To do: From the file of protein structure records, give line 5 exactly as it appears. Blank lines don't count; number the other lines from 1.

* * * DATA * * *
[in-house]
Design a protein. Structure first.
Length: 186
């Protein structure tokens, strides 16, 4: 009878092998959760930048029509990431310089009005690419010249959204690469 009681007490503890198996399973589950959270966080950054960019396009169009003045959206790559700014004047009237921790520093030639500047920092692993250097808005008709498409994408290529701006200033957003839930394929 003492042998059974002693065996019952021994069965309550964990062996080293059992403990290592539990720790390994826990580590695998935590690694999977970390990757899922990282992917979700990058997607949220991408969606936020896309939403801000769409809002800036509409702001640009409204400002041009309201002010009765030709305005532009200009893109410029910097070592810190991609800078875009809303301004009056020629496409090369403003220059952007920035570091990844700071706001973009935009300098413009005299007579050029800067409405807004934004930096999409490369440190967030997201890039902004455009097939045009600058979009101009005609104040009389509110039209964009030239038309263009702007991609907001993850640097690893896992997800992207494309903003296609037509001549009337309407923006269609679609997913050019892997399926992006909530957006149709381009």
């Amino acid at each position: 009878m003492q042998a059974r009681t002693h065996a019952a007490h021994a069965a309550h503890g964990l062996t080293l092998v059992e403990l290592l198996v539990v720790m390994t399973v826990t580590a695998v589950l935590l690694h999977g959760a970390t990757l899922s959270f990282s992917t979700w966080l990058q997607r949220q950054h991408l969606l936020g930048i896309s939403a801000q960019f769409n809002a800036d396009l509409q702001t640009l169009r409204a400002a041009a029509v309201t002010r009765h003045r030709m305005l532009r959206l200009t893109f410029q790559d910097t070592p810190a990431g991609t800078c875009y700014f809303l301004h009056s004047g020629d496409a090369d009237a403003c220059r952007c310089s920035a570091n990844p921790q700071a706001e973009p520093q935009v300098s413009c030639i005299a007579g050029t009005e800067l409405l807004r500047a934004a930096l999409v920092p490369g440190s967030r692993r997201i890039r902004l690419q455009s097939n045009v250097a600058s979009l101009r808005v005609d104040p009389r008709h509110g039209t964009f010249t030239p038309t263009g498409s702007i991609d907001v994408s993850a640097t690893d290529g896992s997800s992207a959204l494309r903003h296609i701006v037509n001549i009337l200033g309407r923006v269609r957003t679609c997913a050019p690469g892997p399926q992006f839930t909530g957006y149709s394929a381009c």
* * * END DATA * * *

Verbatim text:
């Amino acid at each position: 009878m003492q042998a059974r009681t002693h065996a019952a007490h021994a069965a309550h503890g964990l062996t080293l092998v059992e403990l290592l198996v539990v720790m390994t399973v826990t580590a695998v589950l935590l690694h999977g959760a970390t990757l899922s959270f990282s992917t979700w966080l990058q997607r949220q950054h991408l969606l936020g930048i896309s939403a801000q960019f769409n809002a800036d396009l509409q702001t640009l169009r409204a400002a041009a029509v309201t002010r009765h003045r030709m305005l532009r959206l200009t893109f410029q790559d910097t070592p810190a990431g991609t800078c875009y700014f809303l301004h009056s004047g020629d496409a090369d009237a403003c220059r952007c310089s920035a570091n990844p921790q700071a706001e973009p520093q935009v300098s413009c030639i005299a007579g050029t009005e800067l409405l807004r500047a934004a930096l999409v920092p490369g440190s967030r692993r997201i890039r902004l690419q455009s097939n045009v250097a600058s979009l101009r808005v005609d104040p009389r008709h509110g039209t964009f010249t030239p038309t263009g498409s702007i991609d907001v994408s993850a640097t690893d290529g896992s997800s992207a959204l494309r903003h296609i701006v037509n001549i009337l200033g309407r923006v269609r957003t679609c997913a050019p690469g892997p399926q992006f839930t909530g957006y149709s394929a381009c």